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Post-transplant renal function in the first year predicts long-term kidney transplant survival. Kidney Int 2002 Jul;62(1):311-8

Date

06/26/2002

Pubmed ID

12081593

DOI

10.1046/j.1523-1755.2002.00424.x

Scopus ID

2-s2.0-0036314948   553 Citations

Abstract

BACKGROUND: Improvements in long-term kidney graft survival have been recently noted. However, the reasons for this were unclear. This study examined post-transplant renal function within the first year as an independent variable influencing long-term survival.

METHODS: The influence of demographic characteristics (age, sex, race); transplant variables (cadaver versus living donor, cold ischemia time, HLA mismatching, delayed graft function and transplant year), and post-transplant variables (immunosuppressive agents for the prevention of acute rejection, clinical acute rejection and post-transplant renal function in the first year) on graft survival were analyzed for 105,742 adult renal transplants between 1988 and 1998. Renal function in the first year was expressed as serum creatinine at six months and one year and delta creatinine (change in serum creatinine between 6 months and 1 year). Graft half-life was used to measure long-term survival.

RESULTS: During this 11-year period, the one-year serum creatinine values for cadaver recipients steadily improved, from 1.82 +/- 0.82 mg/dL in 1988 to 1.67 +/- 0.82 mg/dL in 1998 (P < 0.001), as did the graft half-life. There was a progressive decline in graft half-life for each incremental increase of six month, one year and Delta creatinine for living and cadaver donor transplants as well for cadaver transplants with donor age > and < or =50 years. The Relative Hazard (RH) for graft failure was 1.63 (1.61, 1.65; P < 0.0001) with each increment of 1.0 mg/dL of serum creatinine at one year post-transplant and it increased to 2.26 (2.2, 2.31; P < 0.0001) when the Delta creatinine was 0.5 mg/dL. The RH reduction for graft failure was substantially lower for the years 1993, 1996, 1997 and 1998 when post-transplant renal function was not included in the model (P < 0.05). However, the RH reduction per year was not different when post-transplant creatinine was included in the model, 1.01 (0.94 to 1.05; P = 0.89).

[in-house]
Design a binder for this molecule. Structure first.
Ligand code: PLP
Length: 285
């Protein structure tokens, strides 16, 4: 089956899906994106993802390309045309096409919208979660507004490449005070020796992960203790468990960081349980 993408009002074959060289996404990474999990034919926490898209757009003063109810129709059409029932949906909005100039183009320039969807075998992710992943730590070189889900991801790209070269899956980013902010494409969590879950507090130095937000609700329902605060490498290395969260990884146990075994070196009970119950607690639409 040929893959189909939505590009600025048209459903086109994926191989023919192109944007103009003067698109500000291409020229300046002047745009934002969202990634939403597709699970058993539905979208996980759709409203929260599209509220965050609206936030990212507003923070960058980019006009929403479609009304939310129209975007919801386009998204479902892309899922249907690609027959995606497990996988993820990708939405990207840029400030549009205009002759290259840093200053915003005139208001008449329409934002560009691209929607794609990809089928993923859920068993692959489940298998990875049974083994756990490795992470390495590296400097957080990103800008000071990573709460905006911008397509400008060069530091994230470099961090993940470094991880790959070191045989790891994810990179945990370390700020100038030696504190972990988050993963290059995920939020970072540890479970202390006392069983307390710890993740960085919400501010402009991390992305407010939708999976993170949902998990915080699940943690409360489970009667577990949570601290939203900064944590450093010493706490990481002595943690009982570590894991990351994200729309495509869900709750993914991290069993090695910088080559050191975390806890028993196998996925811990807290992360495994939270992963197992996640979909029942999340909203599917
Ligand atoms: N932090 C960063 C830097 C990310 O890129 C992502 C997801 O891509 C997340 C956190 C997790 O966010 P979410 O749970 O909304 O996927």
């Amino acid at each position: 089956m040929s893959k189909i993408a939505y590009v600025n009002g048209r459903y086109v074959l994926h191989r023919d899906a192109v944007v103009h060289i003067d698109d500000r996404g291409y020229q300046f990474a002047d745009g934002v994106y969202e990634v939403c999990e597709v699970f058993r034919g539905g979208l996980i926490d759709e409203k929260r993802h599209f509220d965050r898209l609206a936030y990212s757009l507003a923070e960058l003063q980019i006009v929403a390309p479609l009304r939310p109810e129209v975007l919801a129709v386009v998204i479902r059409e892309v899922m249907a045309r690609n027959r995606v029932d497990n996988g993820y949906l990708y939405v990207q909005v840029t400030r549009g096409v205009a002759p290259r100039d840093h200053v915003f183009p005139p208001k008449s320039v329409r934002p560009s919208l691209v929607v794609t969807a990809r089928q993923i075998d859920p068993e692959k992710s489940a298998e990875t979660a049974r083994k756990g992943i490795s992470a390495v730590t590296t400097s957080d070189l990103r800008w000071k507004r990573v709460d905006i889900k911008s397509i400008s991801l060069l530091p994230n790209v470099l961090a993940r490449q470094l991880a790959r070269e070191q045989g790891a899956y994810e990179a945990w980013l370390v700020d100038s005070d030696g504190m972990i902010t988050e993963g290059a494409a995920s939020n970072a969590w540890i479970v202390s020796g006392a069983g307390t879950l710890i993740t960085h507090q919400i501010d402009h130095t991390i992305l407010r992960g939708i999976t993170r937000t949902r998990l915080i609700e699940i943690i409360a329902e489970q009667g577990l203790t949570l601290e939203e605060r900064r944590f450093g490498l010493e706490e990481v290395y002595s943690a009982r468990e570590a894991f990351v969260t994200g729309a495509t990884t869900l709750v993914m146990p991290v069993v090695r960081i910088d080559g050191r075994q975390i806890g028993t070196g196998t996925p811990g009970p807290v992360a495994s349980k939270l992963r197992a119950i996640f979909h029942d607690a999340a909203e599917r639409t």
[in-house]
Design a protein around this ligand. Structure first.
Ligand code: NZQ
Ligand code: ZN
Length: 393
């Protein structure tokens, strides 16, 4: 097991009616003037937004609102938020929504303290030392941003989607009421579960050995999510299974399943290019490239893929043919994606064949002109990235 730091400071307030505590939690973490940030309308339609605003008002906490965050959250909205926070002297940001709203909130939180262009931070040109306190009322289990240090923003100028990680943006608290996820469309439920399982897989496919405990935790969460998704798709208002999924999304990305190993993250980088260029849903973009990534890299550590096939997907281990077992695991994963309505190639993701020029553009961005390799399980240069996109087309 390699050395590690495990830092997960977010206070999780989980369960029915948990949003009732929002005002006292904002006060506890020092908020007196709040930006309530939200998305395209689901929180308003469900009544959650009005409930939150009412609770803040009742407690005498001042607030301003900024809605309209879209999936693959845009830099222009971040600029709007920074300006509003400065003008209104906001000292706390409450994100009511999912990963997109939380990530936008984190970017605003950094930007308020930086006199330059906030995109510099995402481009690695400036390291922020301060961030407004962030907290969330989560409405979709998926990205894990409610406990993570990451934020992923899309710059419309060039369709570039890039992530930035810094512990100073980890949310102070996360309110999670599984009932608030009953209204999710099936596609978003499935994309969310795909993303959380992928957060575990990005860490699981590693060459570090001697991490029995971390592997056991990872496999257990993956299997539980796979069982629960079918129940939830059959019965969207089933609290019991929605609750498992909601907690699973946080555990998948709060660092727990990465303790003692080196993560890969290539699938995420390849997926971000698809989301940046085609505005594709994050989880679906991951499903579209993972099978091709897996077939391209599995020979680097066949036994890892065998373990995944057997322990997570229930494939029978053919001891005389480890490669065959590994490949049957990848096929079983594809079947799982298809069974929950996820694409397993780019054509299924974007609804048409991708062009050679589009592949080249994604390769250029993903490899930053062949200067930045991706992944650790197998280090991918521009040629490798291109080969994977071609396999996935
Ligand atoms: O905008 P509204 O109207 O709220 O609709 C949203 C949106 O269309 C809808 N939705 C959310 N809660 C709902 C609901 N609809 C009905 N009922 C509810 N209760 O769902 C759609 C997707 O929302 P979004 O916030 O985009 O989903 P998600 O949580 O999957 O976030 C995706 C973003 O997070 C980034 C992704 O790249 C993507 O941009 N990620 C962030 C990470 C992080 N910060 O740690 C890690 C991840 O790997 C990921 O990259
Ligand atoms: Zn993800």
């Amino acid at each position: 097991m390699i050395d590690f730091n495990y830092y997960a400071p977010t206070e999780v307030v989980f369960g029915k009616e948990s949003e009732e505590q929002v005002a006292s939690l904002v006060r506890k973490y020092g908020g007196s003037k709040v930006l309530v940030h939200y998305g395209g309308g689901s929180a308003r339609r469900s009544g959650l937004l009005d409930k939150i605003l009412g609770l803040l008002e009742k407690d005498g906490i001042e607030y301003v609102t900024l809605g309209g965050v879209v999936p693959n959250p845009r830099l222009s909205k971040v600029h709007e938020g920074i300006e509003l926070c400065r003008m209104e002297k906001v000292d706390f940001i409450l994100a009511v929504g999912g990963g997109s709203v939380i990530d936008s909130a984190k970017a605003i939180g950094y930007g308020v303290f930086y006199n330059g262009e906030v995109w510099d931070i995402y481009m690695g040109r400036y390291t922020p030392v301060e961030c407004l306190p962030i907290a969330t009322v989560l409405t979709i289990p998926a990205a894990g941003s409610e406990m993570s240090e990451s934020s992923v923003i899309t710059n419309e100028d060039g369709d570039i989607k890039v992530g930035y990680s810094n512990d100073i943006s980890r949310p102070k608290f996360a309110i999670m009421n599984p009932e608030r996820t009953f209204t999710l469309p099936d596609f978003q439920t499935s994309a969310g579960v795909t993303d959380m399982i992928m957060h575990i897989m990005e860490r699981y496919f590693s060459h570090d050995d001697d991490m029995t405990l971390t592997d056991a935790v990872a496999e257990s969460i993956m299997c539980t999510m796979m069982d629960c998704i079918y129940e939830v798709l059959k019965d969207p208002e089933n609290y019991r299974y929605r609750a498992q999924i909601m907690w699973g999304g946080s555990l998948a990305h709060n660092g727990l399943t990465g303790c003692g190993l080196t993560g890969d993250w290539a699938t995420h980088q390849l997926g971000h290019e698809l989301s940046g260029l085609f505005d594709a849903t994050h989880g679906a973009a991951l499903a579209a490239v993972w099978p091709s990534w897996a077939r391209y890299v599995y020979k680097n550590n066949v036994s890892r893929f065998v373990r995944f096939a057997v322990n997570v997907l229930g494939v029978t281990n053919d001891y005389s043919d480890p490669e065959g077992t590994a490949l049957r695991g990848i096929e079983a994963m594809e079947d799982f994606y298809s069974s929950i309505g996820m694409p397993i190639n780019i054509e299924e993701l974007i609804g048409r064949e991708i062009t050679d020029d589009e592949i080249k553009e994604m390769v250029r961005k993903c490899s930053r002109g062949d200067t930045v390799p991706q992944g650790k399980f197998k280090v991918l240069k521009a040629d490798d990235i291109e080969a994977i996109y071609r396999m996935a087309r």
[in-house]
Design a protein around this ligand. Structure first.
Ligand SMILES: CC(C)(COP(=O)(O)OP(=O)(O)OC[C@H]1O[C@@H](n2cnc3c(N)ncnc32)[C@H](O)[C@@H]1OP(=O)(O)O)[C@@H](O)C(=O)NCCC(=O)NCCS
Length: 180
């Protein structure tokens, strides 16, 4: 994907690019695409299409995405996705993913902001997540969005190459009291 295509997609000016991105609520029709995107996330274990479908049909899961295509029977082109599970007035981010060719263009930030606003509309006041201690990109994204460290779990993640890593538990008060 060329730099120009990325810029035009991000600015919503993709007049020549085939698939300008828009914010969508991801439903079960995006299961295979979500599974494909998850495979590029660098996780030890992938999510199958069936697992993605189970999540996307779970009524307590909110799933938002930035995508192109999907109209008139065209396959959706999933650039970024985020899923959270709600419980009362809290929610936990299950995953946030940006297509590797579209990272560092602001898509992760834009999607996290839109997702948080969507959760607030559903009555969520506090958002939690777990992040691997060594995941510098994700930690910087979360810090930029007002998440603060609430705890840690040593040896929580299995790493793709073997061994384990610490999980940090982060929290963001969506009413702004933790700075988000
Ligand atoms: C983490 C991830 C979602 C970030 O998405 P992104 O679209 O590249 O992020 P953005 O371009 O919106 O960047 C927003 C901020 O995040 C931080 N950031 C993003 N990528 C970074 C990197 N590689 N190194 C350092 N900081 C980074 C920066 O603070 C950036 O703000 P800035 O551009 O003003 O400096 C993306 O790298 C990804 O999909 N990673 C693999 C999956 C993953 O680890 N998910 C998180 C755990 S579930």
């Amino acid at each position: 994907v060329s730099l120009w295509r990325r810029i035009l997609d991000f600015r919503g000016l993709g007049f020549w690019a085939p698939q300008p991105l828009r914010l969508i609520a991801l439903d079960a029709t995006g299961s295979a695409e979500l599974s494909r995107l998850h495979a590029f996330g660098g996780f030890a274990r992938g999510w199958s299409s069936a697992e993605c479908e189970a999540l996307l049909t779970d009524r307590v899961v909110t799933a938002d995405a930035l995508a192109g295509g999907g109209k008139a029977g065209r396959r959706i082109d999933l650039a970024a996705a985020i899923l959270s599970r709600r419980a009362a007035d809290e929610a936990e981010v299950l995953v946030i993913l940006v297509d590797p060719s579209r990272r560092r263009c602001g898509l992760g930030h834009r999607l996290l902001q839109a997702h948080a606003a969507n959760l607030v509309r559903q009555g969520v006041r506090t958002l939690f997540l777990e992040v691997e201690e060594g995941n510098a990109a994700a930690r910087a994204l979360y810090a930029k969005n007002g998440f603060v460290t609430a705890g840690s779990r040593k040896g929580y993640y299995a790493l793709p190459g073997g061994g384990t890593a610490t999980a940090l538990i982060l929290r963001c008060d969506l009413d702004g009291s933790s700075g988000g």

CONCLUSION: In conclusion, one-year creatinine and Delta creatinine values predict long-term renal graft survival. Recent improvements in graft half-life are related to conservation of renal function within the first year post-transplantation.

Author List

Hariharan S, McBride MA, Cherikh WS, Tolleris CB, Bresnahan BA, Johnson CP

Authors

Barbara A. Bresnahan MD Professor in the Medicine department at Medical College of Wisconsin
Christopher P. Johnson MD Professor in the Surgery department at Medical College of Wisconsin




MESH terms used to index this publication - Major topics in bold

Creatinine
Humans
Kidney
Kidney Transplantation
Proportional Hazards Models
Survival Rate
Time Factors
jenkins-FCD Prod-478 d1509cf07a111124a2d122fd3df854cc0b993c00